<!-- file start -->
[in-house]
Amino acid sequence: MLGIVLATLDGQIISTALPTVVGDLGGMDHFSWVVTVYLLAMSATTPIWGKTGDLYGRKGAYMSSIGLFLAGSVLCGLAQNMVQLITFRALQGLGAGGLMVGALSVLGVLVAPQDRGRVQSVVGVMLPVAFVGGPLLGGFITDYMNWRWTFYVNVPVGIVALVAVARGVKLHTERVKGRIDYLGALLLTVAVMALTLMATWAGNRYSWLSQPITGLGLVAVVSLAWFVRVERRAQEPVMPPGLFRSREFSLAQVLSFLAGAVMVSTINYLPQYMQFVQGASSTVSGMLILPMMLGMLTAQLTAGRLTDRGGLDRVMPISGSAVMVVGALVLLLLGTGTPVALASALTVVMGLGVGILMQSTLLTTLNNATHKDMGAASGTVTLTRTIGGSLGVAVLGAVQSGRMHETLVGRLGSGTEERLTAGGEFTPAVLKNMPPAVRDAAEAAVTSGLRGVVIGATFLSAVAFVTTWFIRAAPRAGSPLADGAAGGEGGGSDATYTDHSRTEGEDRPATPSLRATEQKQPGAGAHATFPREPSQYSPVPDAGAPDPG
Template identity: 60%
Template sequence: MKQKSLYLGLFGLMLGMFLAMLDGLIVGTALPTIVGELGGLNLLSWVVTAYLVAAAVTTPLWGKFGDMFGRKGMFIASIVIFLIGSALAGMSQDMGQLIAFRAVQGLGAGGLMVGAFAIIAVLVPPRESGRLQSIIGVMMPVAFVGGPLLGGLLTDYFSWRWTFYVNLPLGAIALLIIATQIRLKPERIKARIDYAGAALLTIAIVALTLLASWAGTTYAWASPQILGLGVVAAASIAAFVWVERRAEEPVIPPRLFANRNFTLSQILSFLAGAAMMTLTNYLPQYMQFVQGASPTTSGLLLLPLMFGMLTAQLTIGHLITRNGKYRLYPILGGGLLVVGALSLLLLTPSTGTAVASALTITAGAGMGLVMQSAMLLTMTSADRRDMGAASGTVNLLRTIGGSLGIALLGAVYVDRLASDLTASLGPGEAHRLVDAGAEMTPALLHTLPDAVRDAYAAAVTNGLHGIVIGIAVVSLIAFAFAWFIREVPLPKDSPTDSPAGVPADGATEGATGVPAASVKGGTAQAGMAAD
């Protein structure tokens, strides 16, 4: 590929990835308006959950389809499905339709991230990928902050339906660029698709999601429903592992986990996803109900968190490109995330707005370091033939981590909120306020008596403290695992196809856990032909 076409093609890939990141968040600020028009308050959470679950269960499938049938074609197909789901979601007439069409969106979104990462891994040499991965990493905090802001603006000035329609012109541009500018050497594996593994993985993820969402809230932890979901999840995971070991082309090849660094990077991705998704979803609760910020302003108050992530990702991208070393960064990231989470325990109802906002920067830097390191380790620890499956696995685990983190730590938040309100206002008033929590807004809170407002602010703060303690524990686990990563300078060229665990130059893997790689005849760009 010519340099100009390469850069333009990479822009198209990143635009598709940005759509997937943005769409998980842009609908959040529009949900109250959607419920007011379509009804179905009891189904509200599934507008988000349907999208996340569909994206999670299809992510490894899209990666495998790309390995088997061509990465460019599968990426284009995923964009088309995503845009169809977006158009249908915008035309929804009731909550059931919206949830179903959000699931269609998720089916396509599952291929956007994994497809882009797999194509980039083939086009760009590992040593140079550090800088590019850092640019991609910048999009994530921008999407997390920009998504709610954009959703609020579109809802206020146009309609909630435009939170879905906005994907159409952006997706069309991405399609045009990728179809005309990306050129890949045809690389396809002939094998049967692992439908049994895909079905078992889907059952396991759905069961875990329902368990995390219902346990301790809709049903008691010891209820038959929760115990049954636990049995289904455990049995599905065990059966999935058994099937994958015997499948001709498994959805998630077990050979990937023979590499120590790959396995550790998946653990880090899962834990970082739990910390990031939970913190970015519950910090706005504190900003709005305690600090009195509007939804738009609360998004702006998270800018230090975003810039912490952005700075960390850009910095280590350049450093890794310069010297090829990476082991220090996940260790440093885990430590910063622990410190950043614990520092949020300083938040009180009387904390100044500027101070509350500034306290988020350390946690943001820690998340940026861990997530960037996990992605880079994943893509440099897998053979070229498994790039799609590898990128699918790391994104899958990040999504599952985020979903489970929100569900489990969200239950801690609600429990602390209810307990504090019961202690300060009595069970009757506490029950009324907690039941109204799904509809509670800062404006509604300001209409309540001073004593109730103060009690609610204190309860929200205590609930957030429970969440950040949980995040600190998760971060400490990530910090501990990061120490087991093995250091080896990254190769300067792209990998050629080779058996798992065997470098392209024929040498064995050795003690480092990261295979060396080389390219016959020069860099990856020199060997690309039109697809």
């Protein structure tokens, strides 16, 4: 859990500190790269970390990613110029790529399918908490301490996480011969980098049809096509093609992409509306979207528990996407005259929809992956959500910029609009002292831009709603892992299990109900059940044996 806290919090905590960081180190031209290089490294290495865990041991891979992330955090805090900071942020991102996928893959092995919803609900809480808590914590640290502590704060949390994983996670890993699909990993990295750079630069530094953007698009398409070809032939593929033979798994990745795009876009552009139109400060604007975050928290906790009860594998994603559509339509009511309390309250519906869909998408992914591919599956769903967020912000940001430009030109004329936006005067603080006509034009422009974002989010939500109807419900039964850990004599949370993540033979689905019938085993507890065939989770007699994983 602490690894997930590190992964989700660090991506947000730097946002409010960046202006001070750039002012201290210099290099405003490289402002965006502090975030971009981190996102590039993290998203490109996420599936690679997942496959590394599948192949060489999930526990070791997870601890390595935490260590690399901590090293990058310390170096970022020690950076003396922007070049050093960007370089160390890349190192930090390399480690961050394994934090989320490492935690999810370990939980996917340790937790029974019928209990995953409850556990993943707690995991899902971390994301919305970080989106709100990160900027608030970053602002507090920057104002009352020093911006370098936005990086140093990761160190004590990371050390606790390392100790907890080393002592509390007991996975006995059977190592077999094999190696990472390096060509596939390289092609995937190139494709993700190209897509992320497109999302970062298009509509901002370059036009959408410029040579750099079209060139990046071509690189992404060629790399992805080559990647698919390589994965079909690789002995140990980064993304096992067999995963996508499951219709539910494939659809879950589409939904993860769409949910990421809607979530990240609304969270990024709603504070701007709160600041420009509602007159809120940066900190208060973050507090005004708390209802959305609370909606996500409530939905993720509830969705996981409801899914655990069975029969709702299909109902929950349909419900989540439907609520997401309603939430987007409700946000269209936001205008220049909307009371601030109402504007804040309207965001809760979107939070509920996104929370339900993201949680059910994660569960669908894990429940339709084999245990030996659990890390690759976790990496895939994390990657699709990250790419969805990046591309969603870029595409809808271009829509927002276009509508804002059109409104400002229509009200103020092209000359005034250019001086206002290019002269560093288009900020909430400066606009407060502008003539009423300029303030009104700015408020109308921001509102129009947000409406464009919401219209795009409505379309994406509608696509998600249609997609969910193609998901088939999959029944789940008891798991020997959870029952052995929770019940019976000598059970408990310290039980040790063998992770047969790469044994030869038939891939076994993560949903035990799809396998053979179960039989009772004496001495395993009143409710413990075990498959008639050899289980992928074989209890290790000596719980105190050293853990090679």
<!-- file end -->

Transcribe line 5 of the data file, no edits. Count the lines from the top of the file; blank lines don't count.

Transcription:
């Protein structure tokens, strides 16, 4: 590929990835308006959950389809499905339709991230990928902050339906660029698709999601429903592992986990996803109900968190490109995330707005370091033939981590909120306020008596403290695992196809856990032909 076409093609890939990141968040600020028009308050959470679950269960499938049938074609197909789901979601007439069409969106979104990462891994040499991965990493905090802001603006000035329609012109541009500018050497594996593994993985993820969402809230932890979901999840995971070991082309090849660094990077991705998704979803609760910020302003108050992530990702991208070393960064990231989470325990109802906002920067830097390191380790620890499956696995685990983190730590938040309100206002008033929590807004809170407002602010703060303690524990686990990563300078060229665990130059893997790689005849760009 010519340099100009390469850069333009990479822009198209990143635009598709940005759509997937943005769409998980842009609908959040529009949900109250959607419920007011379509009804179905009891189904509200599934507008988000349907999208996340569909994206999670299809992510490894899209990666495998790309390995088997061509990465460019599968990426284009995923964009088309995503845009169809977006158009249908915008035309929804009731909550059931919206949830179903959000699931269609998720089916396509599952291929956007994994497809882009797999194509980039083939086009760009590992040593140079550090800088590019850092640019991609910048999009994530921008999407997390920009998504709610954009959703609020579109809802206020146009309609909630435009939170879905906005994907159409952006997706069309991405399609045009990728179809005309990306050129890949045809690389396809002939094998049967692992439908049994895909079905078992889907059952396991759905069961875990329902368990995390219902346990301790809709049903008691010891209820038959929760115990049954636990049995289904455990049995599905065990059966999935058994099937994958015997499948001709498994959805998630077990050979990937023979590499120590790959396995550790998946653990880090899962834990970082739990910390990031939970913190970015519950910090706005504190900003709005305690600090009195509007939804738009609360998004702006998270800018230090975003810039912490952005700075960390850009910095280590350049450093890794310069010297090829990476082991220090996940260790440093885990430590910063622990410190950043614990520092949020300083938040009180009387904390100044500027101070509350500034306290988020350390946690943001820690998340940026861990997530960037996990992605880079994943893509440099897998053979070229498994790039799609590898990128699918790391994104899958990040999504599952985020979903489970929100569900489990969200239950801690609600429990602390209810307990504090019961202690300060009595069970009757506490029950009324907690039941109204799904509809509670800062404006509604300001209409309540001073004593109730103060009690609610204190309860929200205590609930957030429970969440950040949980995040600190998760971060400490990530910090501990990061120490087991093995250091080896990254190769300067792209990998050629080779058996798992065997470098392209024929040498064995050795003690480092990261295979060396080389390219016959020069860099990856020199060997690309039109697809």